Guidelines to Authors of Research Reports
What is the Journal of Consumer Psychology (JCP) looking for in Research Reports?
We are looking for phenomenon-driven research in the domain of consumer psychology. Research Reports (formerly referred to as Short Articles) should contain (i) novel and interesting ideas with preliminary empirical findings, or (ii) novel and interesting findings with plausible theoretical explanations. Authors are not expected to pinpoint the specific underlying process for their findings or rule out alternative explanations (except when developing or testing an alternative process explanation that represents the actual research goal). Thus, the type of manuscript being sought for Research Reports is different – it should be focused more on cutting-edge, discovery-oriented research that propagates new research in consumer psychology domains. Despite these differences from Research Articles, we will maintain the same standards of rigor (in terms of literature search, conceptualization, methodology, empirical analysis, stated insights derived from analysis) as for full length articles. Authors may even be asked to collect additional data for further support of the phenomenon (additional study) or for a more rigorous testing of the phenomenon (new study to replace an original study). Since Research Reports are meant to be widely disseminated to spark new research, they should also be easy to read. Research Reports are required to be less than 4000 words in length excluding the abstract, title, references, tables and figures.
What may qualify as a Research Report with novel and interesting theoretical ideas? This category includes manuscripts that develop: (1) an alternate process explanation for an existing theory, (2) alternate theory for existing findings, (3) a theory that accounts for commonly held beliefs (with data to support these beliefs), or (4) a new theory. Some preliminary empirical support (one or two studies) is required for this category.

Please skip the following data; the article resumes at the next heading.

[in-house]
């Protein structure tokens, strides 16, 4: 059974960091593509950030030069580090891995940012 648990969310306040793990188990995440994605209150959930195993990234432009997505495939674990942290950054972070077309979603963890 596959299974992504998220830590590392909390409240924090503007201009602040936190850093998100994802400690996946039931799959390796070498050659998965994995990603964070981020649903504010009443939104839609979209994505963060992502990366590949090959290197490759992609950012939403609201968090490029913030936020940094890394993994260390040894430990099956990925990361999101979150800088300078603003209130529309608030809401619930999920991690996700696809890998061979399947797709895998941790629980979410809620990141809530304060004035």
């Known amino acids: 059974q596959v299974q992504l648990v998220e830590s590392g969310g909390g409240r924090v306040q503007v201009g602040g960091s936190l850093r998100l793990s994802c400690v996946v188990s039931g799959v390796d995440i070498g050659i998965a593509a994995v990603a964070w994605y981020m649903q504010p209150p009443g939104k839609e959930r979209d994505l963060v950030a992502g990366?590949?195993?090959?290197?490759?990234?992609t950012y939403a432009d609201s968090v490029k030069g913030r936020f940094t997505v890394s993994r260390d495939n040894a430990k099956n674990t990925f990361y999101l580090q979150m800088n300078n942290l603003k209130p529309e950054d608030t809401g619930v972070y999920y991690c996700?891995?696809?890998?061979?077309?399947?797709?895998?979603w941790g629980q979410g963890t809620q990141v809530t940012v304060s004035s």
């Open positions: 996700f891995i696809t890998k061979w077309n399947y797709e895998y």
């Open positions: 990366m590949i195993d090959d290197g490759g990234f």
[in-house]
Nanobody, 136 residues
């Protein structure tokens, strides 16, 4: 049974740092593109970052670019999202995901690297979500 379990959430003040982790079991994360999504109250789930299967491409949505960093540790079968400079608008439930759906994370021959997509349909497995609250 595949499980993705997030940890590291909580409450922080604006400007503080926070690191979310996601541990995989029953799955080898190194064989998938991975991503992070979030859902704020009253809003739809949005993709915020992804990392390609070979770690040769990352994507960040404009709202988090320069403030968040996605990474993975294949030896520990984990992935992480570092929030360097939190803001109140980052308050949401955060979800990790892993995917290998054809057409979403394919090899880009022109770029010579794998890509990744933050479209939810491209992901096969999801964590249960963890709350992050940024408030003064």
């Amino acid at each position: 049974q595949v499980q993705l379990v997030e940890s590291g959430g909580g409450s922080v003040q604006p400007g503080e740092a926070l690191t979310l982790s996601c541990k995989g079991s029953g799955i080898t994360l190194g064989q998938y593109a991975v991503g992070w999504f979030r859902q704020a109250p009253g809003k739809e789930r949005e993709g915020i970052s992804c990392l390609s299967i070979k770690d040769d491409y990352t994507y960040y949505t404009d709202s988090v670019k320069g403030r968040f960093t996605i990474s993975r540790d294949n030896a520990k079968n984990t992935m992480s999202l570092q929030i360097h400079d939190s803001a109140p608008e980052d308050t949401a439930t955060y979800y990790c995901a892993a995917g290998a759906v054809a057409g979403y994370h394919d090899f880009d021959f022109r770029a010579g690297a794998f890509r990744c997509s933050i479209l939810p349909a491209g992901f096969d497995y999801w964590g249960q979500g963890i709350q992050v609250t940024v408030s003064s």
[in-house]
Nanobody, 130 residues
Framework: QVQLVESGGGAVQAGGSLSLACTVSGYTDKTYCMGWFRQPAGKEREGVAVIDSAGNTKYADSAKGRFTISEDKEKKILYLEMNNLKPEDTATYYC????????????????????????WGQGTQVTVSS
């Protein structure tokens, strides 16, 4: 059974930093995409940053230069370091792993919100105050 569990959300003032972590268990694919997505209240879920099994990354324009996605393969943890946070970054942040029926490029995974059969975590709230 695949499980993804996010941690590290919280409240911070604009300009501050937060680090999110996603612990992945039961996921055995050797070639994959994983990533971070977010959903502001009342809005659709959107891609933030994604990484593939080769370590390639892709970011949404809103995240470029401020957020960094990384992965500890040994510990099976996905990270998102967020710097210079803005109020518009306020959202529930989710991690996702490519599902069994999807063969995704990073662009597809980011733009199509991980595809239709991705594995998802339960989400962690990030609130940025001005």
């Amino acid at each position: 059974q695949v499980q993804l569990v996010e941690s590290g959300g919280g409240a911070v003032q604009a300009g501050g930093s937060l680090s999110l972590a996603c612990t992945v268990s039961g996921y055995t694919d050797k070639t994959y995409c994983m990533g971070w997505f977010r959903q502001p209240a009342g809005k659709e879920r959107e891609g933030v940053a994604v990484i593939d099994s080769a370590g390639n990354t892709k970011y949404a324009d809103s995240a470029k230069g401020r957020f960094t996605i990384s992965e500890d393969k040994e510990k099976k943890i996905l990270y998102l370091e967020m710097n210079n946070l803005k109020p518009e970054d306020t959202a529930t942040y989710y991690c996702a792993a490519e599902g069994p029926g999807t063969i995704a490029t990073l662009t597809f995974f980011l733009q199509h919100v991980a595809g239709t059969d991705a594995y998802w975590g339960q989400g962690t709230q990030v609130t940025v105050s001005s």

What may qualify as a Research Report with novel and interesting empirical findings (based on data from experiments, surveys, secondary sources, interviews or observations)? This category includes manuscripts whose findings: (1) are novel and interesting by themselves, (2) refute commonly held beliefs, (3) refute prior theory, or (4) refute prior explanatory processes. Some preliminary theoretical explanation must be offered for this category, but it is not necessary for authors to rule out all possible alternative explanations. Thus, inconclusive process evidence is not a reason to reject a Research Report (unless an alternative explanation is obvious and more compelling).
In addition, authors must also consider the following when they submit a Research Report:
1. The importance of the General Discussion section:
Since one of the primary objectives for Research Report is to stimulate follow-up research, a manuscript that is being considered for publication needs to have a General Discussion section that strongly serves this objective. Failure to offer specific and compelling implications for future follow-up research may in fact serve as the basis for unfavorable evaluations or a downright rejection of a Research Report.
The General Discussion section also serves a secondary purpose. While Research Reports are not expected to pinpoint the specific underlying process for their findings or rule out all alternative explanations (except when this is the stated goal), they are expected to recognize limitations and alternate explanations and suggest possible process explanations that could be tested in follow up research. An appropriate place to do this is in the General Discussion.
2. Novelty Criterion:
While judging the novelty of the theoretical ideas or empirical findings of a Research Report involves a high degree of subjectivity, a manuscript that is a cast off from one's previous studies or is a mere modification of previous research it is not considered to be novel. Novelty is more closely related to innovativeness. The bottom line is that JCP is welcoming of Research Reports that make readers instantly pick up their phones to share their thoughts with their friends or cause readers to slap their forehead, exclaiming "Silly me, why didn't I think about this/why didn't I observe this?"
Reviewers of Research Reports are sent these guidelines along with the manuscript and are encouraged to limit themselves to 3 or 4 major concerns.